A row of six two-storey cottages that were constructed in the mid-C19.
Reason for Listing
* Architectural interest: an interesting row, unified with architectural detailing including incised lintels and an eaves cornice;
* Intactness: later additions and internal alterations have not masked the original form of these mid-C19 cottages;
* Group value: for its relationship with other listed buildings in the locality which together demonstrate the development of Wellington in the late C18 and C19.
The row of six mid-C19 cottages are depicted on the Tithe Map of 1839 and form part of the development of this area of Wellington. They may have been built in two different phases, but certainly within a few years of each other. There have been alterations in later years. Nos. 74 and 82 appear to have previously been used as shop premises but both have reverted to dwellings.
MATERIALS: It is built of dark red brick to the front and random stone rubble to the rear; Nos. 72-76 have been rendered and painted. The roof is hipped at the east end (No. 72) and clad in slate, and there are four ridge chimneystacks. The fenestration is a mix of styles and dates, including some original sashes with glazing bars, all with incised lintels and keystones, though the lintel to the ground-floor window of No. 74 is a painted imitation.
PLAN: The six cottages are of two storeys, though some have attic rooms and basements, and all are double-depth on plan. Several have rear additions.
EXTERIOR: The main (north) elevation fronts onto Mantle Street with Nos. 72-74 having a higher roof line; moulded eaves cornice. The left-hand pair of cottages (Nos. 72-74) have round-headed entrances with rusticated heads and foliage capitals. The doorway to No. 74 also has panelled pilasters and reveals and a six-panel door with fanlight over. It also has a later shop front projecting on brackets with round-headed lights; the first floor window is a C19 horned sash with glazing bars. No. 76 has a late-C20 porch and uPVC windows. Nos. 78 and 80 have original door surrounds and late-C20 doors, and No. 80 has three horned sash windows with glazing bars. No. 82 has a doorway and Georgian-type window set under a lean-to hood. The right (west) return is of brick with slate hanging to the upper half. There are pairs of windows to the ground and first floors; those to the ground floor have lintels of rubbed brick, and a single attic window in the apex of the gable; all are late-C20 or early-C21 uPVC replacements. The rear elevation of the terrace is more altered, with single-storey additions and around half of the windows being modern replacements; No. 76 has a gabled roof dormer, while Nos. 74 and 80 each retain a C19 timber casement window to the first floor. However, as designed, the rear elevation was clearly of lesser significance, employing stone rubble in contrast to the finer brickwork of the front elevation.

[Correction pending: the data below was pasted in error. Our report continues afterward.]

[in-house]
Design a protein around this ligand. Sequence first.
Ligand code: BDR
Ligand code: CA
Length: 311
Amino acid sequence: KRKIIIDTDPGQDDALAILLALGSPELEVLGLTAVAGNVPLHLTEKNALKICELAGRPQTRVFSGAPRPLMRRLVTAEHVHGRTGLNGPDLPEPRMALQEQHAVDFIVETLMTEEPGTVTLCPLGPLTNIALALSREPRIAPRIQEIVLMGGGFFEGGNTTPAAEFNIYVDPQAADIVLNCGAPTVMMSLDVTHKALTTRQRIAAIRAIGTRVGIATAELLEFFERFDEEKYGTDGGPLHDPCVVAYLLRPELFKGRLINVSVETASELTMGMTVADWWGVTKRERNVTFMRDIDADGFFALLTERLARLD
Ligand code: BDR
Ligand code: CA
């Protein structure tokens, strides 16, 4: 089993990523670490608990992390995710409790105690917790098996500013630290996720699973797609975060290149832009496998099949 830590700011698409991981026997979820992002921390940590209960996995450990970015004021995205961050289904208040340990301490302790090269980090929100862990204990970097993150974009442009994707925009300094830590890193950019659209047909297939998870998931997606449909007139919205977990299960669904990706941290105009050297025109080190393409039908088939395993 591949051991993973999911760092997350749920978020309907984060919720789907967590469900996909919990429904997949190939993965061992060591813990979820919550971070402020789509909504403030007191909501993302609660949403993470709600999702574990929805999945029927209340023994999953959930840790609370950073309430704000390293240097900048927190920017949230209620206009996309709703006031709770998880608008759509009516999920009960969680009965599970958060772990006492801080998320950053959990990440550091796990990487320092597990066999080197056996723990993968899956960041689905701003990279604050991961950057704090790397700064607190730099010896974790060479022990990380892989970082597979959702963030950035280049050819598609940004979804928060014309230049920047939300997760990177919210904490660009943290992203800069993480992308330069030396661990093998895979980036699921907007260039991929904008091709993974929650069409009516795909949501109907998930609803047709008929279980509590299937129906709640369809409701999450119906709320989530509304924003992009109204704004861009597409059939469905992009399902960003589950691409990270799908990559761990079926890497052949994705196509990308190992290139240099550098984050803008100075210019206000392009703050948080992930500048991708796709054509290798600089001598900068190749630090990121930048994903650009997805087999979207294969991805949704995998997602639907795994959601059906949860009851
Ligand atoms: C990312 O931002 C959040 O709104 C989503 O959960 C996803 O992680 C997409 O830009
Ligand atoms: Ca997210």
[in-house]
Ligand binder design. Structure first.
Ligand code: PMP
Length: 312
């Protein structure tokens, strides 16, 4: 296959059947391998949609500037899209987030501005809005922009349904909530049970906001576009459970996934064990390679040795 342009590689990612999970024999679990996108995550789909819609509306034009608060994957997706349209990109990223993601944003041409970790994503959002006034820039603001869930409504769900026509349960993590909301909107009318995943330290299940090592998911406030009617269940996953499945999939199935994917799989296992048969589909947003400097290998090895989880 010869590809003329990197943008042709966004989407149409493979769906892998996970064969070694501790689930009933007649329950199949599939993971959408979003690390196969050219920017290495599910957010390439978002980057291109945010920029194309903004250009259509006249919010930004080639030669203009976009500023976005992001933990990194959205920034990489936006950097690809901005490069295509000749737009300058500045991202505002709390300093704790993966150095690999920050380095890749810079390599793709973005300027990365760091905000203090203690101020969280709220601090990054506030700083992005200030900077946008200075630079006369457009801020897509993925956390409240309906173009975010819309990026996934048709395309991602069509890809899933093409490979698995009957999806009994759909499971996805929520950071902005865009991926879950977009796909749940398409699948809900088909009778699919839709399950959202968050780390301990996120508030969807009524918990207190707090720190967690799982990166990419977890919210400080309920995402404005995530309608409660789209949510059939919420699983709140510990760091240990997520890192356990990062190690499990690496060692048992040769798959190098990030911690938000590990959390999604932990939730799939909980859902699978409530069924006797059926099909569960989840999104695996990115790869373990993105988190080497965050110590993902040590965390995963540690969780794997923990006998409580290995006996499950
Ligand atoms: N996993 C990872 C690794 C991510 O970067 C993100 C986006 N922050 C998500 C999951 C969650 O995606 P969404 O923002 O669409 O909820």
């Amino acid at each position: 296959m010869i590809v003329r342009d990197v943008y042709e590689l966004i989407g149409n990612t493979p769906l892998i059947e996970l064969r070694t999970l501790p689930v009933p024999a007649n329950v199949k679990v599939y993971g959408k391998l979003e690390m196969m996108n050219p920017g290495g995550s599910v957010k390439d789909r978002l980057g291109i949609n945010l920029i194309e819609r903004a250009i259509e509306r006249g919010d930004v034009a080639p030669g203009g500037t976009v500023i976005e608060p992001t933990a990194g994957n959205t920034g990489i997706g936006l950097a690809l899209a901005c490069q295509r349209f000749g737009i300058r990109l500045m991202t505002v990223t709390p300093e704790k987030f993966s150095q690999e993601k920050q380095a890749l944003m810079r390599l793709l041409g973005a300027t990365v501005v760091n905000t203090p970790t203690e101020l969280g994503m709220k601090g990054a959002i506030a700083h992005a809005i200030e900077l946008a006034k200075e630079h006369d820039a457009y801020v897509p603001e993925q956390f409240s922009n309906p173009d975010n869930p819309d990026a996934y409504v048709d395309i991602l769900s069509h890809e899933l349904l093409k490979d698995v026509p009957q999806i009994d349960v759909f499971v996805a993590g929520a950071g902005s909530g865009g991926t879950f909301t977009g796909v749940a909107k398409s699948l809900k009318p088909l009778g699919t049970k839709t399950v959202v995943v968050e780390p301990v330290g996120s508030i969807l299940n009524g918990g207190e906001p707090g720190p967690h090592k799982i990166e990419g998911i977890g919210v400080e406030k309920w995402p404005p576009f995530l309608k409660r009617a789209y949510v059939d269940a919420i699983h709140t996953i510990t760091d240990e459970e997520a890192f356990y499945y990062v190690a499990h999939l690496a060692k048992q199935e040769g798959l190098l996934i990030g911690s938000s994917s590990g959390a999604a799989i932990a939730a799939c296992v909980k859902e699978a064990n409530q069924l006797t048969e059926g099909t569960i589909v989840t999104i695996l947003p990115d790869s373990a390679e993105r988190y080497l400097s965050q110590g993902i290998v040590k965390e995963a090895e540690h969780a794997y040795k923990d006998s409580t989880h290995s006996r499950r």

INTERIOR: Half of the terrace was inspected internally. Although there has been extensive (but far from complete) loss of original fixtures and fittings such as fireplaces, internal doors and other features, there is enough surviving to indicate the original internal layout of the cottages. Inside, No. 72 was found to have few original features, except for a fireplace with cast-iron grate and wooden surround and the stair in the building's south-east corner which appears to be original. No. 76 retains no historic fittings, while No. 78 is understood to have some C19 doors and architrave. The internal layout of No. 82 remains largely intact with straight-flight staircases leading to both the first and attic floors. It also retains a C19 ledge and braced door to the cellar, and two fireplaces with wooden surrounds; that to one of the bedrooms retains its cast-iron grate.
The roof carpentry appears to survive substantially intact.
Source: English Heritage
Listed building text is © Crown Copyright. Reproduced under licence.